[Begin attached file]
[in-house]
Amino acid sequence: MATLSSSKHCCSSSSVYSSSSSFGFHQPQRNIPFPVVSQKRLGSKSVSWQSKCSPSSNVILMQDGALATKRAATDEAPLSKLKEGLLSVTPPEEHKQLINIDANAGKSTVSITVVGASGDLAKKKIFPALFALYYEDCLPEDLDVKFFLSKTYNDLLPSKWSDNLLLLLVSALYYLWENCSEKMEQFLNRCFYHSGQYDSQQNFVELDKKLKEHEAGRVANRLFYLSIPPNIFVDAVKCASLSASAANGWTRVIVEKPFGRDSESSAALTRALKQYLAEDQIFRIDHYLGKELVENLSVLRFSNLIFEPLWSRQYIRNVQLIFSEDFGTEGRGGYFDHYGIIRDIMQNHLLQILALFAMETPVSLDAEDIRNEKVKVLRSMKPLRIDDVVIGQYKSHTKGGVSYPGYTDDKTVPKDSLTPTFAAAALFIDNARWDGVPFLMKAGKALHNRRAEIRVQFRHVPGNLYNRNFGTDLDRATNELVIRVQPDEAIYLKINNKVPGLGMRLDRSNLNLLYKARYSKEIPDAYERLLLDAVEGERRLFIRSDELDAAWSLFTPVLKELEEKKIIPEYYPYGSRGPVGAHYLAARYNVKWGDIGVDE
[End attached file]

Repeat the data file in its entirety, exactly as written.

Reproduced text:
[in-house]
Amino acid sequence: MATLSSSKHCCSSSSVYSSSSSFGFHQPQRNIPFPVVSQKRLGSKSVSWQSKCSPSSNVILMQDGALATKRAATDEAPLSKLKEGLLSVTPPEEHKQLINIDANAGKSTVSITVVGASGDLAKKKIFPALFALYYEDCLPEDLDVKFFLSKTYNDLLPSKWSDNLLLLLVSALYYLWENCSEKMEQFLNRCFYHSGQYDSQQNFVELDKKLKEHEAGRVANRLFYLSIPPNIFVDAVKCASLSASAANGWTRVIVEKPFGRDSESSAALTRALKQYLAEDQIFRIDHYLGKELVENLSVLRFSNLIFEPLWSRQYIRNVQLIFSEDFGTEGRGGYFDHYGIIRDIMQNHLLQILALFAMETPVSLDAEDIRNEKVKVLRSMKPLRIDDVVIGQYKSHTKGGVSYPGYTDDKTVPKDSLTPTFAAAALFIDNARWDGVPFLMKAGKALHNRRAEIRVQFRHVPGNLYNRNFGTDLDRATNELVIRVQPDEAIYLKINNKVPGLGMRLDRSNLNLLYKARYSKEIPDAYERLLLDAVEGERRLFIRSDELDAAWSLFTPVLKELEEKKIIPEYYPYGSRGPVGAHYLAARYNVKWGDIGVDE